This is important because for Game and Fish to increase the bear hunt in the Sandia Mts. based on one year’s worth of data is just wrong.

Read the Journal article here: Bear-kill boost upsets critics | Albuquerque Journal News.

DNA used to better determine bear population

Read today’s Journal article here:

Hair, DNA used to better determine bear population | Albuquerque Journal News.

on an on-going Black Bear population survey taking place in the Sandia Mts. this summer.

Pathways is participating in this survey, setting and monitoring hair snares in two sections on the north end of Sandia Mt. Volunteers who have been trained in this protocol go out every 2 weeks to check the snares for bear fur, gather and record it, then move the snare to a new location.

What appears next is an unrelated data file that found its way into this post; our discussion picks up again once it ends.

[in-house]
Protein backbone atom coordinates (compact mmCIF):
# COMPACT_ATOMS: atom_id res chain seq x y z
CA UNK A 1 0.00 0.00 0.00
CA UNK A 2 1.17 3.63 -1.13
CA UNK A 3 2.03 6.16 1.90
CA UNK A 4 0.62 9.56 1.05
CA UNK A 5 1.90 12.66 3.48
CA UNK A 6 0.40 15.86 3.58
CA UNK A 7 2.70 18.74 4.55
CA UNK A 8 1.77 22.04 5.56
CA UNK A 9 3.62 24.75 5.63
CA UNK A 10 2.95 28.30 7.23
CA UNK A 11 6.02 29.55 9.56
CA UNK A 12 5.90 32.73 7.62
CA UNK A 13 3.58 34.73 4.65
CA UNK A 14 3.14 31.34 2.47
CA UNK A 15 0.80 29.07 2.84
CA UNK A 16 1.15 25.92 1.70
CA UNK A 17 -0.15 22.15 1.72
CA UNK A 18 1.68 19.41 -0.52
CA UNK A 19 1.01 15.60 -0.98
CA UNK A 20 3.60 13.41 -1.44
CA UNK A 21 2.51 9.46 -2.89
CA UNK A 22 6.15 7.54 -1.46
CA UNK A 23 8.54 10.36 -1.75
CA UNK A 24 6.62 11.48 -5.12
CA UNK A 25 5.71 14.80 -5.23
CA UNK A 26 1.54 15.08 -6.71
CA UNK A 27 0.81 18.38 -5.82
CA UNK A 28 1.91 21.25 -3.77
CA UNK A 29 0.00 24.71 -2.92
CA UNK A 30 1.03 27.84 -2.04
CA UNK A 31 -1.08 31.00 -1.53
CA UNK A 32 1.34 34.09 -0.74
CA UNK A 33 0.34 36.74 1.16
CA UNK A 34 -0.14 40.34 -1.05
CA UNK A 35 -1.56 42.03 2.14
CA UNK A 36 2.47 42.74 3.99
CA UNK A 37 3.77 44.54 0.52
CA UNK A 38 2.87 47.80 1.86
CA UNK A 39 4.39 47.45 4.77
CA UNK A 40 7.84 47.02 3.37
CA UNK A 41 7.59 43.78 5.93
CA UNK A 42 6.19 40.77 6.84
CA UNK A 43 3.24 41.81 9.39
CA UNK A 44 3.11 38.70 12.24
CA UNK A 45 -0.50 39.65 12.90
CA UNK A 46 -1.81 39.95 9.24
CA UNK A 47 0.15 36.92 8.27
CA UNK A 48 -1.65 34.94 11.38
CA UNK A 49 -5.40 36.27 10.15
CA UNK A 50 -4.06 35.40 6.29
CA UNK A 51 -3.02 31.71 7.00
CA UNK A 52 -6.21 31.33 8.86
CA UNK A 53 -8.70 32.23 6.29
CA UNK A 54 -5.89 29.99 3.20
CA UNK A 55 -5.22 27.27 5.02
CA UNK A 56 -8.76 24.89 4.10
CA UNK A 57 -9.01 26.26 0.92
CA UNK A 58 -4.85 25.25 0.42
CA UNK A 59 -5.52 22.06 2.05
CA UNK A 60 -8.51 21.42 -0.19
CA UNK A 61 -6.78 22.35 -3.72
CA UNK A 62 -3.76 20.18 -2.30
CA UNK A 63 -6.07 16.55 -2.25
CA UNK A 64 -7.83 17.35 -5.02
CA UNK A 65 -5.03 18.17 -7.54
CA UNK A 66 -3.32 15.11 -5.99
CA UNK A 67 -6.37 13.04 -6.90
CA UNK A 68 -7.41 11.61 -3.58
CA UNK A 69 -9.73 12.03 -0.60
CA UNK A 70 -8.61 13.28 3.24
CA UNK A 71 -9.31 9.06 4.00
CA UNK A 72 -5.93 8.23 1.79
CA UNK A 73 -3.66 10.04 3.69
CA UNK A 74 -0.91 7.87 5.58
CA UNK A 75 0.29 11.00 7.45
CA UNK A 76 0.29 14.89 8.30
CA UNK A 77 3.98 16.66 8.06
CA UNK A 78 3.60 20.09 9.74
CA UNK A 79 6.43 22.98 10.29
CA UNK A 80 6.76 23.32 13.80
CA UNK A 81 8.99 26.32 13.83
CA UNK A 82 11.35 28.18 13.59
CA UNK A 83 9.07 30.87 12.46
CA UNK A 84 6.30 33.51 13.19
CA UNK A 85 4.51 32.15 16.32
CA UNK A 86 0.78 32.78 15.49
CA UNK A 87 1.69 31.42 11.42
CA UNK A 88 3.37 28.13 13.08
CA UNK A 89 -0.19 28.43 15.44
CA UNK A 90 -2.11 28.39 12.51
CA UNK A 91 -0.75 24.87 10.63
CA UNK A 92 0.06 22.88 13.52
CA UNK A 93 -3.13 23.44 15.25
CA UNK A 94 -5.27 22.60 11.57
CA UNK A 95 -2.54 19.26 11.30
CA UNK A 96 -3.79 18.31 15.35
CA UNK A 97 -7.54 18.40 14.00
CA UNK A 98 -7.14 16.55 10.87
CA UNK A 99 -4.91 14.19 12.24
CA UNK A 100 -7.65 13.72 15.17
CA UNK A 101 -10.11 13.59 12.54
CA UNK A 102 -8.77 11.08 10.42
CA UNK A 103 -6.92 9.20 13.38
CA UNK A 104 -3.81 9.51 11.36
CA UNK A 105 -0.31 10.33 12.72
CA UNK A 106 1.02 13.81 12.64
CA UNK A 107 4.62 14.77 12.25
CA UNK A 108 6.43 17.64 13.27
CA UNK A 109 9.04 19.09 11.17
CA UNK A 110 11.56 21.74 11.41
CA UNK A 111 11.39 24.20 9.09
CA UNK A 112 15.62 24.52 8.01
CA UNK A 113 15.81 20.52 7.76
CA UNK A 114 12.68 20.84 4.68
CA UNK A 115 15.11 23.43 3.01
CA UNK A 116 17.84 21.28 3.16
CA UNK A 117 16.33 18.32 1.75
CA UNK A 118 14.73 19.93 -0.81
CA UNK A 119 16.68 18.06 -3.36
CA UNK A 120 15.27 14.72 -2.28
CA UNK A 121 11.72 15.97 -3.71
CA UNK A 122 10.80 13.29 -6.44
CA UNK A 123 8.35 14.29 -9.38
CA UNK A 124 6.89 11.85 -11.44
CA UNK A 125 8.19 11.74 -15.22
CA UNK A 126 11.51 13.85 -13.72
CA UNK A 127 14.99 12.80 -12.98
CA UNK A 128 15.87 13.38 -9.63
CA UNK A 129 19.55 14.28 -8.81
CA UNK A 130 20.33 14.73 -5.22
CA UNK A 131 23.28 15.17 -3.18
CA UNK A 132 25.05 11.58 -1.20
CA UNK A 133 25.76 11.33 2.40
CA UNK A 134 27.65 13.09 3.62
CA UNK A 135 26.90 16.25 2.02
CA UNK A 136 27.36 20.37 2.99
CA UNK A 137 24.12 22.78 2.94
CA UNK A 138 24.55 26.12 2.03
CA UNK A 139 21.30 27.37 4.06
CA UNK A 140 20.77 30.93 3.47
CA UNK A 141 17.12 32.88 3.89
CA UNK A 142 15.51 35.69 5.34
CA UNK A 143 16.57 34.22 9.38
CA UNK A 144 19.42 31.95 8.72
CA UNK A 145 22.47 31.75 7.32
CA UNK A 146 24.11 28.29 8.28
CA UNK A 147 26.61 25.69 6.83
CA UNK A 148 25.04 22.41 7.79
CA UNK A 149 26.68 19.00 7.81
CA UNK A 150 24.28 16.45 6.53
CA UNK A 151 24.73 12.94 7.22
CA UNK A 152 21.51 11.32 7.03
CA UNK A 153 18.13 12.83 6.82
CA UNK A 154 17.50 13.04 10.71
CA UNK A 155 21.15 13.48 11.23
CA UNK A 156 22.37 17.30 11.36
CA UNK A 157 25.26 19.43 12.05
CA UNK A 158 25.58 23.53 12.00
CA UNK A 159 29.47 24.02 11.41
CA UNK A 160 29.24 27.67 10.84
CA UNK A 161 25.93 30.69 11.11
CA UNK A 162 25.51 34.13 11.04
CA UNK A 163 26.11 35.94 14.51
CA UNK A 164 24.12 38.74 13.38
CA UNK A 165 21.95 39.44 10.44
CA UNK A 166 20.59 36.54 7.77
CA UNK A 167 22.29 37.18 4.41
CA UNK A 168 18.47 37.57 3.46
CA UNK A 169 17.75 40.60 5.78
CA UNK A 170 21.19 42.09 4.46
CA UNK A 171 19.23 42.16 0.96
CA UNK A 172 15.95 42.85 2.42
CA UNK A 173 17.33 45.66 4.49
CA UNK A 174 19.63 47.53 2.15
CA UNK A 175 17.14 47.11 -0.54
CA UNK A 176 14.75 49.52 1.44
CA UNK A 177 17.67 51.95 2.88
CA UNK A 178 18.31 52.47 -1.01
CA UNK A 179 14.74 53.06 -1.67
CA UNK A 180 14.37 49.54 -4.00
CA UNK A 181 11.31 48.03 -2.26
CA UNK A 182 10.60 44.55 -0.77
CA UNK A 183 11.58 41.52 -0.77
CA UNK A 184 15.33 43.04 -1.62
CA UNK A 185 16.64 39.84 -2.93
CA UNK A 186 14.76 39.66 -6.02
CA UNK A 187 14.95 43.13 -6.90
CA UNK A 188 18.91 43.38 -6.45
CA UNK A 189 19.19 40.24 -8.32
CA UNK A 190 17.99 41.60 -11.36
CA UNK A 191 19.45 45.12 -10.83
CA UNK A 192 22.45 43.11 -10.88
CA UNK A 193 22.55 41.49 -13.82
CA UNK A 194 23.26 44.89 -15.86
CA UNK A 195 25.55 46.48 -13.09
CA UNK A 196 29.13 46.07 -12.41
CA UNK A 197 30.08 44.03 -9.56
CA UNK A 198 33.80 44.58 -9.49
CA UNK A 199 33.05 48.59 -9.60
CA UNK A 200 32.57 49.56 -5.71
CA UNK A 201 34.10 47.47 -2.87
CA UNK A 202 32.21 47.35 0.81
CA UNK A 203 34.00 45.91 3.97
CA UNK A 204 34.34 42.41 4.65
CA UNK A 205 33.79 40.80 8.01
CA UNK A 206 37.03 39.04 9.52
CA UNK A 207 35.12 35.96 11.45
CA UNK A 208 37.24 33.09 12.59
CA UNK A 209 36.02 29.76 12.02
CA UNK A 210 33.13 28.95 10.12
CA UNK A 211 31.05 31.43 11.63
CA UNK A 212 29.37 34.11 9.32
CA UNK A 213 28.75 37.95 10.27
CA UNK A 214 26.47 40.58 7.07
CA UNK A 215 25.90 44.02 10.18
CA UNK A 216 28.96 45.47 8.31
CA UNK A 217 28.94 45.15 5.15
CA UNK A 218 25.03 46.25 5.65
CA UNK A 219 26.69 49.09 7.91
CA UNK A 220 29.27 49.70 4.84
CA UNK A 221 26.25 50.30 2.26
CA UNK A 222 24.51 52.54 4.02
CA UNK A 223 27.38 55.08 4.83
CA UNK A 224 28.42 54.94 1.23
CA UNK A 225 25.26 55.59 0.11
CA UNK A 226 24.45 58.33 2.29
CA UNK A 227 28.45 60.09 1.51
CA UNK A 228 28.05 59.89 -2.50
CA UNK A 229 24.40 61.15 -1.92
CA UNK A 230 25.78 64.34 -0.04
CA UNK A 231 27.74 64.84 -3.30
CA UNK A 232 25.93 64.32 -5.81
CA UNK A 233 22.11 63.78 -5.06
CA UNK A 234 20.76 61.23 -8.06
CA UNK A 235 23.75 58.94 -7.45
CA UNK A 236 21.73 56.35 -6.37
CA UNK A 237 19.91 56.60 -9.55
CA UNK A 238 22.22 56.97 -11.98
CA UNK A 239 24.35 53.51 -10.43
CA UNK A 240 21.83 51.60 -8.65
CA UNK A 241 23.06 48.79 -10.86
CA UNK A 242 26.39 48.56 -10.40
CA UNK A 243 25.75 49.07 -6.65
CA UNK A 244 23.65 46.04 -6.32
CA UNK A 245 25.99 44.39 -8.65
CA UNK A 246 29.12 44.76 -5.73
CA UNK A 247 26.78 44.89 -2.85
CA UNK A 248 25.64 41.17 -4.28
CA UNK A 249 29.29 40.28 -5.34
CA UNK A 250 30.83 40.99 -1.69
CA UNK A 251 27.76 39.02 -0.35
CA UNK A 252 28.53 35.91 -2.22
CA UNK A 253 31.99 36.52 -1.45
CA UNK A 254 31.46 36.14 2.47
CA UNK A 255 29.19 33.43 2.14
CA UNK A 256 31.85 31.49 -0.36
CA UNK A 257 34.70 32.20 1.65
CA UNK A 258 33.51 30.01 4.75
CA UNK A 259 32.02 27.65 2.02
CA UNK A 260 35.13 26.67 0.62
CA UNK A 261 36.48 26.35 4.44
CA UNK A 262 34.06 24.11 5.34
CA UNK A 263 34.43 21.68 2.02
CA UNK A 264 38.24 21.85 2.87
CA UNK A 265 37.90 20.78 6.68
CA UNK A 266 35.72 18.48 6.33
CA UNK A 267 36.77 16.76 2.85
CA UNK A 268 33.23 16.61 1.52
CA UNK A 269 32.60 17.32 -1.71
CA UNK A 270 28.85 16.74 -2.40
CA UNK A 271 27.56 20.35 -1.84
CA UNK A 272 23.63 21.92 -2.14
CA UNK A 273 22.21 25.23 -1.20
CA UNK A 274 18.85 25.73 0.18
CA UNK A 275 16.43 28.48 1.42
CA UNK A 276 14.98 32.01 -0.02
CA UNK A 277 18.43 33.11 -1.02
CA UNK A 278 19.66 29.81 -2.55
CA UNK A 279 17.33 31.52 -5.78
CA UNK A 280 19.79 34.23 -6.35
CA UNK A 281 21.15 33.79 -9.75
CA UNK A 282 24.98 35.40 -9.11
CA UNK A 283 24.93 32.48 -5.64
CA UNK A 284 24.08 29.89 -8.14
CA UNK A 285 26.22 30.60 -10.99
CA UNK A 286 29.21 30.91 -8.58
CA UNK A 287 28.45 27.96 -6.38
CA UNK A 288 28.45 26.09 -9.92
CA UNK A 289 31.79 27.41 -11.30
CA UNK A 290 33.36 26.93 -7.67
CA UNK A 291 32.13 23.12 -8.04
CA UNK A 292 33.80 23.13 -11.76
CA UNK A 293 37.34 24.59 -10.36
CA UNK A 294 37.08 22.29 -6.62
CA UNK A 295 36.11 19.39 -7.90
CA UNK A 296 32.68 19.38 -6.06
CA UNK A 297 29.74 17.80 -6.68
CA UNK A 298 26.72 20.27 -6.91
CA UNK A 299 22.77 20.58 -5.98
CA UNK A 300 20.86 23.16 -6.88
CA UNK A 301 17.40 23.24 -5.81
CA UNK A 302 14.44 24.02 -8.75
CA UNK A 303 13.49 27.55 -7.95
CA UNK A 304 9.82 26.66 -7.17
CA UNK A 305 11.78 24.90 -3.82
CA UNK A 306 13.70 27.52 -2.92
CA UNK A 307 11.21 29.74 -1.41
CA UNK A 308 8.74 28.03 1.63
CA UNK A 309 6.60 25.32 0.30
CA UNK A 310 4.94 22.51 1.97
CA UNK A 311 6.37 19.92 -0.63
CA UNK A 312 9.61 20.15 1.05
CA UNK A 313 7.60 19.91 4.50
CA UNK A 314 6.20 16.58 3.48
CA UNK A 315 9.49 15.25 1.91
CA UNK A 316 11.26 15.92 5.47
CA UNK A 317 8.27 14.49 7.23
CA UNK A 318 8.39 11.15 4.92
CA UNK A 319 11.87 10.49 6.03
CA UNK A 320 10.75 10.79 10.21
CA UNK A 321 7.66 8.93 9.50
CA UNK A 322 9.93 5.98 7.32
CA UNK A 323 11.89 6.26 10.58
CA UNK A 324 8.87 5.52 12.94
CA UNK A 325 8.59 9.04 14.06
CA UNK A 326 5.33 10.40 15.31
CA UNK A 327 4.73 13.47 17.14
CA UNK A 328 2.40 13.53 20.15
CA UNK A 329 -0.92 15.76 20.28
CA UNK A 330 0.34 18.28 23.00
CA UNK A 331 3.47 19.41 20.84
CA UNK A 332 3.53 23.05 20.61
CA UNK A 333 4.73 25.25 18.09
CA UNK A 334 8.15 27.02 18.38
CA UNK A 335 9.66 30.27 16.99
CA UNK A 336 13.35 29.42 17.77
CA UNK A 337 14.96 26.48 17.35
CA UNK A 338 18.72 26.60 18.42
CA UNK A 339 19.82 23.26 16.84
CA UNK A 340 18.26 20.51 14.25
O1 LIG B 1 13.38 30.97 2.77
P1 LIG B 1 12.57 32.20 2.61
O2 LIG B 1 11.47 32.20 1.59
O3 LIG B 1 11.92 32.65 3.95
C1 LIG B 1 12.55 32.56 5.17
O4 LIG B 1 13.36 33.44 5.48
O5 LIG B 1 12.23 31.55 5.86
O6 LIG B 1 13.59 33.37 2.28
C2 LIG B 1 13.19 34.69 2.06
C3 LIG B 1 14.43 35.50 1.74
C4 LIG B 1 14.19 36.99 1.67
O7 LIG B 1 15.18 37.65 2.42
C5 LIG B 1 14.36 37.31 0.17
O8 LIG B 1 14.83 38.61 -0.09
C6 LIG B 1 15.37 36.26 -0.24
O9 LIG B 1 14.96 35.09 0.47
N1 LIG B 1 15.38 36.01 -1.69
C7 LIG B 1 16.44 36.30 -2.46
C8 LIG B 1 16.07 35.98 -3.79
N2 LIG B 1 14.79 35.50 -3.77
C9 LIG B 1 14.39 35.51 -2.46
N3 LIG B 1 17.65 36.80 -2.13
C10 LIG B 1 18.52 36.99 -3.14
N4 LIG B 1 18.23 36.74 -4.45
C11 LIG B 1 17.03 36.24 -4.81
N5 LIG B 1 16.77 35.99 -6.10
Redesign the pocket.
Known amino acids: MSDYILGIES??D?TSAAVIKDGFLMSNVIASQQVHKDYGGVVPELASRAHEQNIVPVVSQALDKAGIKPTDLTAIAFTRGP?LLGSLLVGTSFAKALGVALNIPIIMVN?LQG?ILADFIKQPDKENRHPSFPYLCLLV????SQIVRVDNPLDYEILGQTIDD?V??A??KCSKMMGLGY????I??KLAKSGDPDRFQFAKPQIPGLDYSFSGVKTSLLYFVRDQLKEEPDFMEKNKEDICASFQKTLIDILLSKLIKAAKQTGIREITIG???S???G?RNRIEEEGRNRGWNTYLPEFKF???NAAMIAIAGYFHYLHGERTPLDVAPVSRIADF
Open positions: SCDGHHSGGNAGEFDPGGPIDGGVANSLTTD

Knowing more about the animals who live here will help human beings deepen their relationship with and respect for the other species who have grown with, evolved with,
and shaped this land.

Black Bear

LAST EXIT: Wildlife dies by the thousands on NM’s highways

Read this timely article by Laura Paskus here:

LAST EXIT: Wildlife dies by the thousands on NM’s highways.

Wildlife warning signs

Thanks Laura for bringing this issue to light in the Reporter; as people become aware of the dangers to wildlife in these “pinch points”, we have a chance to change history for the better, for animals and ourselves.

 

 

 

Black Bear foraging study

This study comes out of Missoula, Montana, but is applicable here in NM as well.  Read the full report here: ASM Online Journals – Food availability and foraging near human developments by black bears.